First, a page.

Tasmania was certain to become the third state to legalise voluntary assisted dying (VAD) after an overwhelming majority of the state’s House of Assembly passed Mike Gaffney’s End-of-Life Choices (Voluntary Assisted Dying) Bill 2020, 16 votes to 6 in favour in early March.
There were a number of amendments introduced during the lower house debate, so the Bill needed to return to the upper house for final approval. This was always going to be a formality considering the upper house passed the legislation in an historic unanimous vote last November.
Like the Victorian and Western Australian VAD laws, under the Tasmanian legislation, a person would be eligible to access voluntary assisted dying if they are aged 18 or over, have decision-making capacity, are acting voluntarily, meet specific residency requirements and be experiencing intolerable suffering in relation to an illness or health condition expected to cause death within a specified time period.
Before undertaking the final stage of the debate, Liberal Premier, Peter Gutwein, referred the legislation to a panel of legal, health and public policy experts at the University of Tasmania for an independent review over the summer recess. The Review was not intended to make recommendations as to whether the Bill should be amended, or in fact, passed, it aimed to provide analysis and evidence to guide the Parliament’s ongoing consideration of the Tasmanian VAD Bill.
That Review found “the process proposed in the Tasmanian VAD Bill for requesting, assessing eligibility for and accessing VAD, and the safeguards built into this process, are among the most rigorous in the world.”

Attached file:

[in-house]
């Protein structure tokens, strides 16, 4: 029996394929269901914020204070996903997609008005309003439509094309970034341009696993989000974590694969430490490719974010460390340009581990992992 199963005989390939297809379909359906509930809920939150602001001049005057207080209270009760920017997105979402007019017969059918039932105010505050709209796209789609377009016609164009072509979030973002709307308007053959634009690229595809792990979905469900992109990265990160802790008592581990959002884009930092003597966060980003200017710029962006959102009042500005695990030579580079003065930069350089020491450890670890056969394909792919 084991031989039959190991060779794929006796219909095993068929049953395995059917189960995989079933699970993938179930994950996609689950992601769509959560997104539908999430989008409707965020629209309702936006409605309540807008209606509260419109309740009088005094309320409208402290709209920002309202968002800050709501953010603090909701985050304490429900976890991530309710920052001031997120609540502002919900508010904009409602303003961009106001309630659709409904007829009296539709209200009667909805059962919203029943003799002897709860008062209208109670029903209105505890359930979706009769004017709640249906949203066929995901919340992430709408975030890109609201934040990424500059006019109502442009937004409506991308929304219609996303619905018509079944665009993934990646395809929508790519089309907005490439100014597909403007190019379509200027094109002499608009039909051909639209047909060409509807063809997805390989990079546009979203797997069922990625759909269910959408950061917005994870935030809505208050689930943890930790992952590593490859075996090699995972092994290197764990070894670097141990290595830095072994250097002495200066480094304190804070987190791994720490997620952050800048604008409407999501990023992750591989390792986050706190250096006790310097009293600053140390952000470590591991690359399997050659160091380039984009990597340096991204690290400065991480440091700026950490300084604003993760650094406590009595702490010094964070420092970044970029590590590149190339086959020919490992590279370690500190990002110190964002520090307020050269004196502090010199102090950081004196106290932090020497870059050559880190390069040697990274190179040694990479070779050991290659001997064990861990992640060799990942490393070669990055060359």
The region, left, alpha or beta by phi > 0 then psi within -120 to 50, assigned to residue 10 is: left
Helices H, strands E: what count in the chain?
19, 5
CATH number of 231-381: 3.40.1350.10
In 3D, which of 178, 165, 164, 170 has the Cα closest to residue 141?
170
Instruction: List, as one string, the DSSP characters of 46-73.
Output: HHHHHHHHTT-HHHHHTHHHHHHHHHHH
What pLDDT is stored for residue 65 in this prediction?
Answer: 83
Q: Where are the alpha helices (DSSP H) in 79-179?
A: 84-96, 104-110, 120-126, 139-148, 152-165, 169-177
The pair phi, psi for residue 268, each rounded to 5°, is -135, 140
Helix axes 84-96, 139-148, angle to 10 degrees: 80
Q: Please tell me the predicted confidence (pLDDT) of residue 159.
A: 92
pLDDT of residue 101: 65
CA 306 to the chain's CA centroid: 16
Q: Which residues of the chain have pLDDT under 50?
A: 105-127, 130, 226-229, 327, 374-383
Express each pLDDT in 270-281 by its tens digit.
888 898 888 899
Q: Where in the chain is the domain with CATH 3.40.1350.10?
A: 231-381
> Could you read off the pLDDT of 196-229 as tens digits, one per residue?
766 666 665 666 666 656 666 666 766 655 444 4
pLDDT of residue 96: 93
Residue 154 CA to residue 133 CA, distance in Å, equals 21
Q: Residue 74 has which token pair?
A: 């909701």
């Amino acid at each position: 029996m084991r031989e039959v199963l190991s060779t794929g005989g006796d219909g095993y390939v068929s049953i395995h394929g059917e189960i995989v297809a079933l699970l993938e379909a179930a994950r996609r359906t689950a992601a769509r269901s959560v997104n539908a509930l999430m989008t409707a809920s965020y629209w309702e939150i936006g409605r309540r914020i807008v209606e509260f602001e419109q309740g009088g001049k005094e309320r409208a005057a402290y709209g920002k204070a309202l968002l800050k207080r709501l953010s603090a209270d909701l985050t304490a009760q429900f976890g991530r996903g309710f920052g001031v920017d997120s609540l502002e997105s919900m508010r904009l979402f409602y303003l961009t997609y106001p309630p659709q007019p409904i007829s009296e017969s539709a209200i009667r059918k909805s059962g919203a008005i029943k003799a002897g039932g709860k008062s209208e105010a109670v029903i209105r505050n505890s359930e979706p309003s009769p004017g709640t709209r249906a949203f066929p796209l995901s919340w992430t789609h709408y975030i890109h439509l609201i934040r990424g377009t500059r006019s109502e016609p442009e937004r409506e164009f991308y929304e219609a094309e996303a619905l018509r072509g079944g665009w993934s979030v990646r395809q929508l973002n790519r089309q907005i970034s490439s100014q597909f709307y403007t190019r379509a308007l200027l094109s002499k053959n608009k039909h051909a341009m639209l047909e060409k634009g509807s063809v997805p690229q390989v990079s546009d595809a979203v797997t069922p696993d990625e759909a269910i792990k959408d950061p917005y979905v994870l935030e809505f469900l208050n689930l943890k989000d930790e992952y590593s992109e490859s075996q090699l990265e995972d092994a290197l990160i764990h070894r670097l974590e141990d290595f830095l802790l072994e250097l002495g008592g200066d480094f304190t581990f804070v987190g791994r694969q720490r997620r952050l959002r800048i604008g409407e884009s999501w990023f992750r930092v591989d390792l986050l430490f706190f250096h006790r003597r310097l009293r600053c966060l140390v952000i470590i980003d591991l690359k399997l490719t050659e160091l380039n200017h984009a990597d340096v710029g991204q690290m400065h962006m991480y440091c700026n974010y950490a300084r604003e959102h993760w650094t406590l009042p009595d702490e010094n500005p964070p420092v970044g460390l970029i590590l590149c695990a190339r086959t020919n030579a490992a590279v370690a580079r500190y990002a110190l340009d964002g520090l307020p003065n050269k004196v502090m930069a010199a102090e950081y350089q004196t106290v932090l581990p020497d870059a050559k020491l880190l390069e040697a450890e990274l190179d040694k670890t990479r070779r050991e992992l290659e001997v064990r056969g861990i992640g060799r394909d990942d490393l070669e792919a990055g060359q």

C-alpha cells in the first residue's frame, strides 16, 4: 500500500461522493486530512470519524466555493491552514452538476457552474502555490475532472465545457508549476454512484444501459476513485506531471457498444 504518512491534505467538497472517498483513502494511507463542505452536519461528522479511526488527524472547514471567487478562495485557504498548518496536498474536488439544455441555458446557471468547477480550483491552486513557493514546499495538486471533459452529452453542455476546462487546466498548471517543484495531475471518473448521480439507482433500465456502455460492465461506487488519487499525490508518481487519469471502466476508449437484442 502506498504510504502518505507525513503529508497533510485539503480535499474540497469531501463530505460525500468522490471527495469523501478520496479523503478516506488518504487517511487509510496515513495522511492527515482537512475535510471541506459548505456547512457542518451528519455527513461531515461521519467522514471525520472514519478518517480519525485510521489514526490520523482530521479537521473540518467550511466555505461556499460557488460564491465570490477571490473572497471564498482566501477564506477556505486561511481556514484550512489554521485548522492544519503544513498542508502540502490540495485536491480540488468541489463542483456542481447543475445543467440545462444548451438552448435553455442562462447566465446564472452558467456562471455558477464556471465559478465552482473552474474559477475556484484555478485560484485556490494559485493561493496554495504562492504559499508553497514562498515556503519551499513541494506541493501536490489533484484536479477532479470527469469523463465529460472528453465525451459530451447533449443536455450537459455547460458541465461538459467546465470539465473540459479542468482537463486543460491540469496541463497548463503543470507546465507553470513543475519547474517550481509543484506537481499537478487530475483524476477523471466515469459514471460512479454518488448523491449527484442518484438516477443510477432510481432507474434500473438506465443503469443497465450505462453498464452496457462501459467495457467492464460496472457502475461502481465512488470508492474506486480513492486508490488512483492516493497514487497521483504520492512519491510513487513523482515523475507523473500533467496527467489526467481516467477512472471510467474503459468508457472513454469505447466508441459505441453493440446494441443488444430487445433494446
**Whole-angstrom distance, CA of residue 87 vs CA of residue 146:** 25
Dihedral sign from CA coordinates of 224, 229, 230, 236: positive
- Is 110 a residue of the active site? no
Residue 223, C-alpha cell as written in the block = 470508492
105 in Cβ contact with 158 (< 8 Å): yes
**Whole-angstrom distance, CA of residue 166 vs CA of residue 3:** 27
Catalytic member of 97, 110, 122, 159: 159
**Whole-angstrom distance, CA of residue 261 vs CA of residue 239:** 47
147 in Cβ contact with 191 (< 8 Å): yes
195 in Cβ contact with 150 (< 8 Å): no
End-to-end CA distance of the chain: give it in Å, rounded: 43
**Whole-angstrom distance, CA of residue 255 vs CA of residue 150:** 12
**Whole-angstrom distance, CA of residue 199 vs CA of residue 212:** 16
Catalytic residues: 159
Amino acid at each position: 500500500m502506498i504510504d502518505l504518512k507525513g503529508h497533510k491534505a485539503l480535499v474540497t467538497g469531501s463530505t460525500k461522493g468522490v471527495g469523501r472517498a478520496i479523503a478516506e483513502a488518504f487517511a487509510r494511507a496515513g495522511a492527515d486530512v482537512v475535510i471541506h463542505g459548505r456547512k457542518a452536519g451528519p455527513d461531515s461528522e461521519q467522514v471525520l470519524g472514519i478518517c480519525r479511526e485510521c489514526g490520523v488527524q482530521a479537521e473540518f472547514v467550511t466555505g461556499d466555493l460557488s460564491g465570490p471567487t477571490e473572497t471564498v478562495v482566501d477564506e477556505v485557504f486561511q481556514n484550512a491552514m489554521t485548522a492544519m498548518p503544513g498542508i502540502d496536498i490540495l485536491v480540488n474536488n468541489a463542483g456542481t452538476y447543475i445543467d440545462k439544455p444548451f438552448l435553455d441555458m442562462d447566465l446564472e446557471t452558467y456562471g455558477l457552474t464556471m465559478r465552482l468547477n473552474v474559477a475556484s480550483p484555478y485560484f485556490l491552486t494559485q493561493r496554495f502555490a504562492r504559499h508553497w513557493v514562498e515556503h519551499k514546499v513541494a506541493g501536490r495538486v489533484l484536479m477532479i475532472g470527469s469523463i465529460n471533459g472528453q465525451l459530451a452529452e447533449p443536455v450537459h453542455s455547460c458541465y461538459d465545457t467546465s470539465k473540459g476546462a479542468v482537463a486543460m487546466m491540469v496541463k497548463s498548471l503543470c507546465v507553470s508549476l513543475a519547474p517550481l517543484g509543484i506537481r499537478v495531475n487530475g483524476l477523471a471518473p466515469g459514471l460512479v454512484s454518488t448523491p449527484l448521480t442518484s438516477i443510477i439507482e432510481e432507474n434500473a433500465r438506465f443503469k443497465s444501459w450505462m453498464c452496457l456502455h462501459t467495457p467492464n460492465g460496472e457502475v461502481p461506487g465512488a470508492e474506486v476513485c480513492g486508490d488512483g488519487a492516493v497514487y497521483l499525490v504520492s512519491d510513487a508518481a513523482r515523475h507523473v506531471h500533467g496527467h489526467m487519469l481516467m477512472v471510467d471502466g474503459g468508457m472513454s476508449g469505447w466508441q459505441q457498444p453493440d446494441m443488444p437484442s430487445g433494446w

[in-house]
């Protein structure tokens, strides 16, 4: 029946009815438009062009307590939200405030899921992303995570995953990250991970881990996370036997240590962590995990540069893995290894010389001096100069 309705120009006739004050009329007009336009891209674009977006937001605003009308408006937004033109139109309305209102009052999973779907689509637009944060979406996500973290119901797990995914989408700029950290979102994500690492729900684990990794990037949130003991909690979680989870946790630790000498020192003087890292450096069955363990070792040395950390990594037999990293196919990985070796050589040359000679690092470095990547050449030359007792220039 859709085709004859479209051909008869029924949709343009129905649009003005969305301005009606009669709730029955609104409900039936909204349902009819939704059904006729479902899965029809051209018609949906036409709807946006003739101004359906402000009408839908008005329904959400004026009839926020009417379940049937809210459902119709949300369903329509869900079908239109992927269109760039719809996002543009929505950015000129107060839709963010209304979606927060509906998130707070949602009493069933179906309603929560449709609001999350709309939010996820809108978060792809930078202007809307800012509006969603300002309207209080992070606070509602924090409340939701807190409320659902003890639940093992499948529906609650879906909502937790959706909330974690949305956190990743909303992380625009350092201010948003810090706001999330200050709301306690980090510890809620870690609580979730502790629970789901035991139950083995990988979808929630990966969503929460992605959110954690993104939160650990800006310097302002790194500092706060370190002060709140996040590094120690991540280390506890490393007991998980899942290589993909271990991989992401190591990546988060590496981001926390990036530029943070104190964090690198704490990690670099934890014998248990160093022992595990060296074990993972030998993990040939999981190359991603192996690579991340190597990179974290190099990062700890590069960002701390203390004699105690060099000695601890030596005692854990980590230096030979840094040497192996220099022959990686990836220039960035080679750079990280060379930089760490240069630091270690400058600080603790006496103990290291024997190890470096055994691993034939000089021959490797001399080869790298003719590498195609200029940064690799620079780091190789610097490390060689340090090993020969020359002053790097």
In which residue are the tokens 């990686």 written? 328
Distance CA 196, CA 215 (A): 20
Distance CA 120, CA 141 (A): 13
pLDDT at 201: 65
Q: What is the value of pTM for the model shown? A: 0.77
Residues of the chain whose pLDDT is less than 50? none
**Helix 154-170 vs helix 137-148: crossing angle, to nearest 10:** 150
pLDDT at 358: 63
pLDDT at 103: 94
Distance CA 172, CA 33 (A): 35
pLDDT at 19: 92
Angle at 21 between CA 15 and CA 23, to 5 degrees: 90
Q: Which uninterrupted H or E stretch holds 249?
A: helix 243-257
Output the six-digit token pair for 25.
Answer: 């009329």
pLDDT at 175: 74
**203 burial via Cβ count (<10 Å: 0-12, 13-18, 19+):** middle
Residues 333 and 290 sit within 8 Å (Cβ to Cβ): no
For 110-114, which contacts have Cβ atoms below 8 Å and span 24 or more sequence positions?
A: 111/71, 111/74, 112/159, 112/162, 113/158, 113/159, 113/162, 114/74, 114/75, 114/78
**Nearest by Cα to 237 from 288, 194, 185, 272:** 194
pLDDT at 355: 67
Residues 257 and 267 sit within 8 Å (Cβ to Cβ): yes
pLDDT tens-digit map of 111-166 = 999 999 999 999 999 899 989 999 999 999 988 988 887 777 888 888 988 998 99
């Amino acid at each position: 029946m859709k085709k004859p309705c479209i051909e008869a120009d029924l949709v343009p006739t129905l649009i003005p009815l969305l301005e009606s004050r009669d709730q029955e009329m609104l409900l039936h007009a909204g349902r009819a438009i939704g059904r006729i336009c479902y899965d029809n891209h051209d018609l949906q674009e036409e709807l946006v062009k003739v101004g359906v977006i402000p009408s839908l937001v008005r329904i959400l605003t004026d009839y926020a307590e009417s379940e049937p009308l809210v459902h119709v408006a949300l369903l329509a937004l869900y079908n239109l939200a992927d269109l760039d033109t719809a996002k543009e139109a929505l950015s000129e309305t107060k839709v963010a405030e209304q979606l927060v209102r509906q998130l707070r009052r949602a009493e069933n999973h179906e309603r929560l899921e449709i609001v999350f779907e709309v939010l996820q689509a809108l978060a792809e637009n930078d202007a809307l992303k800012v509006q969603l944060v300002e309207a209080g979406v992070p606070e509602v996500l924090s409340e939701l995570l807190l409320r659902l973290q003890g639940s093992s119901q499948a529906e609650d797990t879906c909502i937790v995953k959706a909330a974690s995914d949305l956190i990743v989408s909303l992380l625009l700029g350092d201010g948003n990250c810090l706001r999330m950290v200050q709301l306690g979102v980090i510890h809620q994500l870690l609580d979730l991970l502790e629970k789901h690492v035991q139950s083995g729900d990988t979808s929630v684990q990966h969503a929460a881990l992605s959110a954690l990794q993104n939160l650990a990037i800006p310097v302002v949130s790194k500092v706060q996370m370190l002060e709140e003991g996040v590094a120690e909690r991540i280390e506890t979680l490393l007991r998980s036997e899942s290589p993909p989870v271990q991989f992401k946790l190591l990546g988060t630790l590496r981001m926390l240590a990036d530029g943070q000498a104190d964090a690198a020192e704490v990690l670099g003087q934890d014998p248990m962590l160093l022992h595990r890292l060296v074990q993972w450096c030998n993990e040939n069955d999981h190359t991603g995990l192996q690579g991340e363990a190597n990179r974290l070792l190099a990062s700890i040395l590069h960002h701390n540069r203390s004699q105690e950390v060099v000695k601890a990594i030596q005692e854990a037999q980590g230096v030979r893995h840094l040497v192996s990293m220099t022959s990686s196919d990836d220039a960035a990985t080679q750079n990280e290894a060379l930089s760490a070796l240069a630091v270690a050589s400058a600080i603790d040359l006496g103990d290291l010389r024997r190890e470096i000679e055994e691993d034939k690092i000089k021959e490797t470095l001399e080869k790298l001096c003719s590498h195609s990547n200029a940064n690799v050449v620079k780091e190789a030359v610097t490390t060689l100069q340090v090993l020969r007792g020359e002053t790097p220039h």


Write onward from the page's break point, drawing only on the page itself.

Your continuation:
Some of the amendments proposed during the debate were passionately defended or opposed. Importantly the use of Telehealth for VAD consultations, after the initial consultation, was maintained in the Bill and an amendment that would have allowed hospitals and aged-care facilities to refuse VAD on their premises, was defeated.
The result in Tasmanian shows that assisted dying law reform does not have to be a government initiative in order to succeed giving new hope to supporters in South Australia and NSW where Private Members Bills are due to be debated in 2021.
As long as the major parties allow a ‘true’ conscience vote for their parliamentary members, which happened for the first time on this issue in Tasmania, it is possible to achieve strong, cross-party support enabling this compassionate, end-of-life option to become law.
This was the fourth attempt to pass VAD laws in Tasmania and many believe a game changer this time round was the significant contribution from two sisters, Jacqui and Natalie Gray, who ran an amazing grassroots campaign in memory of their mother Diane who had suffered a ‘bad’ death in 2019.
Their efforts inspired others to join the campaign which led to the first ever unanimous vote on assisted dying anywhere in the world. As they said on their Facebook page last year -
“Your Choice Tas might appear to be two sisters and the legacy of their mother fighting to legalise VAD in Tasmania... but we are far more than that! We are the Tasmanian community; every single one of you who have signed the petition, letterbox dropped or contacted your local MP. We are the many people who have contributed their time and advice on topics usually foreign to us. We are those that have donated toward producing flyers. We are the media who have rallied behind us to share our story. We are a large number of the politicians who are also actively supporting our fight.”
Jacqui and Natalie with their girls for the Candlelight Vigil on 20 February